Shoplifting

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Weedguru Higher
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Shoplifting

Post by Weedguru Higher » Sun Jan 05, 2014 4:03 am

I need some advice.

My 15 year old teenage daughter just recently became friends with the 17 year old daughter of a family friend that we have known for quite some time. Until yesterday, the two girls had never actually met, though they have been chatting on facebook and texting each other for a few months. Yesterday my daughter was invited to their house for a sleepover. I spoke with the family friends last evening and apparently the two girls really hit it off big time....they were having a blast together, and all was fine. Their plans for today were to go to the mall together. I picked my daughter up after the shopping spree, and all appeared to be fine. She showed me 2 shirts that she had purchased, saying that she used the remaining balance on the gift card she had received as a christmas gift. To me, everything was fine and dandy as usual...nothing out of the ordinary whatsoever.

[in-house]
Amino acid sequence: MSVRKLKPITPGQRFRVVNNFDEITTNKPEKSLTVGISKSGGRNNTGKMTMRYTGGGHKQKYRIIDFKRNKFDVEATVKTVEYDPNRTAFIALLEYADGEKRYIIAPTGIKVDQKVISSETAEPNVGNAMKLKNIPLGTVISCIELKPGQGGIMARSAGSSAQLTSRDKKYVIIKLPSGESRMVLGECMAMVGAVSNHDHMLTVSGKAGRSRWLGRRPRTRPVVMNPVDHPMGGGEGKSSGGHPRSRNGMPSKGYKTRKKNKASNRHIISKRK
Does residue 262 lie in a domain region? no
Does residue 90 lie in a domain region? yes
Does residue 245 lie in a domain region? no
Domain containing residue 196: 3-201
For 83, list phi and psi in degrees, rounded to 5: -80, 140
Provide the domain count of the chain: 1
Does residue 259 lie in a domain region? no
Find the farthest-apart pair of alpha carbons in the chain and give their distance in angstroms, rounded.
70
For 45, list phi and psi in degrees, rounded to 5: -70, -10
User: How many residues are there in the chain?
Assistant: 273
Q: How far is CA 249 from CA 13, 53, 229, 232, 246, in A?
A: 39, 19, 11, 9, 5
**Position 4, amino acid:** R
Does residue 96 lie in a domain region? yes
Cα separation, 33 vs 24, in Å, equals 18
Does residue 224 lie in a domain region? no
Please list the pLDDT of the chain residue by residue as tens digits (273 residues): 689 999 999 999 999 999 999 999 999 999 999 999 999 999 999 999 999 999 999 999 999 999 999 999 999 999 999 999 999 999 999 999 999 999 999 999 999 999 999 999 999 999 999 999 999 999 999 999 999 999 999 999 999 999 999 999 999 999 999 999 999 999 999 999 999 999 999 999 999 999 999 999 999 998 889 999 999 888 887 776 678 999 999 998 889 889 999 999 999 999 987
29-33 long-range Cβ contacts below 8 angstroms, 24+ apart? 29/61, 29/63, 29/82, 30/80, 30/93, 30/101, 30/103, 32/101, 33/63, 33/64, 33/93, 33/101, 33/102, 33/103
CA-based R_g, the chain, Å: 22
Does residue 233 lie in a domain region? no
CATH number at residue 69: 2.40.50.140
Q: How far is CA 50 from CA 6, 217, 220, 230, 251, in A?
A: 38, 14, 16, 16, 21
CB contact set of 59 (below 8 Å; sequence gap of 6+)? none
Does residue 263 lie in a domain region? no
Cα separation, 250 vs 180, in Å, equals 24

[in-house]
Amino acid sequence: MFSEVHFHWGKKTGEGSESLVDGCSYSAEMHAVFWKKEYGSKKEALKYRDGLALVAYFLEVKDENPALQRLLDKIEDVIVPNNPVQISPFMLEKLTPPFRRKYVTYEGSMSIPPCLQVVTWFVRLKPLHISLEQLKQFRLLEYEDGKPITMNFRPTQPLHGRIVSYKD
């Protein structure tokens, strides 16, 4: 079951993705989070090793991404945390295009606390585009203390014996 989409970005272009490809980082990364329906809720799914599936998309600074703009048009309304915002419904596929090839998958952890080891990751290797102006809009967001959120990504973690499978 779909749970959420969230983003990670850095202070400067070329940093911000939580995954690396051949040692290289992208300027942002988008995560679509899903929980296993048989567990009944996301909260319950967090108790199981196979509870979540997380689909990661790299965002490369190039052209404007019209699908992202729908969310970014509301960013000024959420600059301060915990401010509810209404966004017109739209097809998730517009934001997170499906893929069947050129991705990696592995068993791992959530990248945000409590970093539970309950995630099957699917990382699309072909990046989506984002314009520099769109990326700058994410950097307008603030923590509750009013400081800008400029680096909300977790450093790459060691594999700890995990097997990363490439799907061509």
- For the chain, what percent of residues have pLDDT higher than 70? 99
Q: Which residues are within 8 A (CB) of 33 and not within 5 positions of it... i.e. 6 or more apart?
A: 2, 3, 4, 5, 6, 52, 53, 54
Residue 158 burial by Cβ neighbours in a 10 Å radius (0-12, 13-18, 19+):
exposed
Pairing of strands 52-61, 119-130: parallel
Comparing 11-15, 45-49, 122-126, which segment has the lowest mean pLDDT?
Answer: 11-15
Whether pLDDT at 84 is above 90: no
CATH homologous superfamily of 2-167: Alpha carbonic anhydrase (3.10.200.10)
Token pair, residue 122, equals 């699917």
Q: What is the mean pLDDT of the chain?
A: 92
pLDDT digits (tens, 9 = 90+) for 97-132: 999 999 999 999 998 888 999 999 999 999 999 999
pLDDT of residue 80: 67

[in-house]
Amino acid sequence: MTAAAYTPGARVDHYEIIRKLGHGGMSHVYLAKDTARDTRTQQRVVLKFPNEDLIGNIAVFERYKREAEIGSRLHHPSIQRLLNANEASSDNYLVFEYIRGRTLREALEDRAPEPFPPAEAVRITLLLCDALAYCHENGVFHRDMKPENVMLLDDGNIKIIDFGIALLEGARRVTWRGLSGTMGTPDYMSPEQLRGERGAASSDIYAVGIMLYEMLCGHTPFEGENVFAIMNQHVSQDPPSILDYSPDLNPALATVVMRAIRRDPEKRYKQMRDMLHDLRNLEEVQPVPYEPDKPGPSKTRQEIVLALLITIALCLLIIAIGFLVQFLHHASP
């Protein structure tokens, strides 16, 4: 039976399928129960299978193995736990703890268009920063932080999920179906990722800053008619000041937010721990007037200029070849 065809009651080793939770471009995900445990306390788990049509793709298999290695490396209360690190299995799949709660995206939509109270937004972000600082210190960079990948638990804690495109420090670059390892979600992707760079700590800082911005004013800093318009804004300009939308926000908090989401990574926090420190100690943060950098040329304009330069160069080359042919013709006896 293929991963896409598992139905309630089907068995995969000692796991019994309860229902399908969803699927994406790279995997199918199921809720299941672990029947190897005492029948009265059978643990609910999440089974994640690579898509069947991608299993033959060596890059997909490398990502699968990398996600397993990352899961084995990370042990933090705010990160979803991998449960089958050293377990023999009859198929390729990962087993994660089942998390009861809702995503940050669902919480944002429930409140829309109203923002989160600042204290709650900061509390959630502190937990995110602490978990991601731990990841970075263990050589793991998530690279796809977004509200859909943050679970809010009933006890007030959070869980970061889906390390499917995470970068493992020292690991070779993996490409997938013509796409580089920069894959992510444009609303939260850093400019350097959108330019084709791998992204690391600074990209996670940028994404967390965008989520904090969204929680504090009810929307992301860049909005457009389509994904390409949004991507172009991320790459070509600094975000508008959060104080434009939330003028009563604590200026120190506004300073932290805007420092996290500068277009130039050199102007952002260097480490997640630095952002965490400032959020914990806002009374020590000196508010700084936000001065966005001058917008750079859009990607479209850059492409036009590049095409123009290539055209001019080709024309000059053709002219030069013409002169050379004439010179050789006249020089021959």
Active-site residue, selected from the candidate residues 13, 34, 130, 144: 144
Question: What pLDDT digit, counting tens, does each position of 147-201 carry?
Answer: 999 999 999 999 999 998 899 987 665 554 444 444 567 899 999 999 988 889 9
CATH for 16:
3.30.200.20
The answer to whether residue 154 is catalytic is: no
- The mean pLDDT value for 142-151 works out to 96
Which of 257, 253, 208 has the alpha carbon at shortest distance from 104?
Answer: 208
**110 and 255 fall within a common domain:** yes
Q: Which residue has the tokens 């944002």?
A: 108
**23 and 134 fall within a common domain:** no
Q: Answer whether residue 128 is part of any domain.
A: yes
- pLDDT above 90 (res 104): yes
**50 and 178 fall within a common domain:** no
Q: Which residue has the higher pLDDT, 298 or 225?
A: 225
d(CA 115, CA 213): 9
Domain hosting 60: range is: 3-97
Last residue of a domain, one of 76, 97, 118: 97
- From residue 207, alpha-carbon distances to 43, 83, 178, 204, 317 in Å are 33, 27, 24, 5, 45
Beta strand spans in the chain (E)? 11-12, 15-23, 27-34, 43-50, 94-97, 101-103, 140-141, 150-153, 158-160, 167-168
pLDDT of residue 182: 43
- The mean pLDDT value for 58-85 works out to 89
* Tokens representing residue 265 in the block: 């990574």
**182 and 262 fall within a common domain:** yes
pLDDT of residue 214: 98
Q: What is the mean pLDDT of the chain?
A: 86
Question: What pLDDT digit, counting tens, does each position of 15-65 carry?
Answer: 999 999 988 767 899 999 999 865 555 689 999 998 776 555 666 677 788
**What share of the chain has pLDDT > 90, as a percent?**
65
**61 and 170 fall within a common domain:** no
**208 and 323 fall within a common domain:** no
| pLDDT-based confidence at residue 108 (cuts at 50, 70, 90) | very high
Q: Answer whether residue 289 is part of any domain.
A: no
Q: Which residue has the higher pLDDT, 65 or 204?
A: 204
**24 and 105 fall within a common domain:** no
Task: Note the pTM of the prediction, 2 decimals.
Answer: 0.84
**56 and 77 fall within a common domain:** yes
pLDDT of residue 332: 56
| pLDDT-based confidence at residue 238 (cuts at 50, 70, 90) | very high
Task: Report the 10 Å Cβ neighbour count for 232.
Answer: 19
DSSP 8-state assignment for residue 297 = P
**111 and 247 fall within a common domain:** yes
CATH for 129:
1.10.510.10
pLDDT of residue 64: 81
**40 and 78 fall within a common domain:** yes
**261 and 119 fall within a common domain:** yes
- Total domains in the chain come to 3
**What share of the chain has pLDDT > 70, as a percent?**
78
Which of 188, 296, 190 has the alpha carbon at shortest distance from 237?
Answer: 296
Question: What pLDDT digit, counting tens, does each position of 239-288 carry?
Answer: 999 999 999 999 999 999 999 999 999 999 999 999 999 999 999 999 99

A couple hours later the phone rings and it's our family friend, the mother of my daughters new friend. She starts of saying how happy she was that the two girls got along so amazingly well and so forth. However, next she says there's something serious she's got to talk to me about. Goes on to explain that after her daughter came back home from the shopping spree, she noticed that she was acting odd. She questionned her daughter and asked if something was wrong. Her daughter was reluctant to talk, and locked herself in her room. A little while later she came out of her room and asked her mother if a friend who shoplifts in a store, could be capable of stealing from their own friends. Her mother knew immediately that there was more , something else she wasn't saying. She badgered her daughter a bit more until she confessed. She told her mother that she witnessed my daughter shoplifting, and that my daughter told her she had done it before, on atleast one more occassion. She said she was reluctant to tell her own mother about it, fearing that it would ruin the new friendship. She didn't want to be the rat, but she couldn't hide it and have a clear conscience either. She is against stealing and was afraid of the consequences for both her at the time, and for my daughter after the fact and decided that she had no choice but to tell.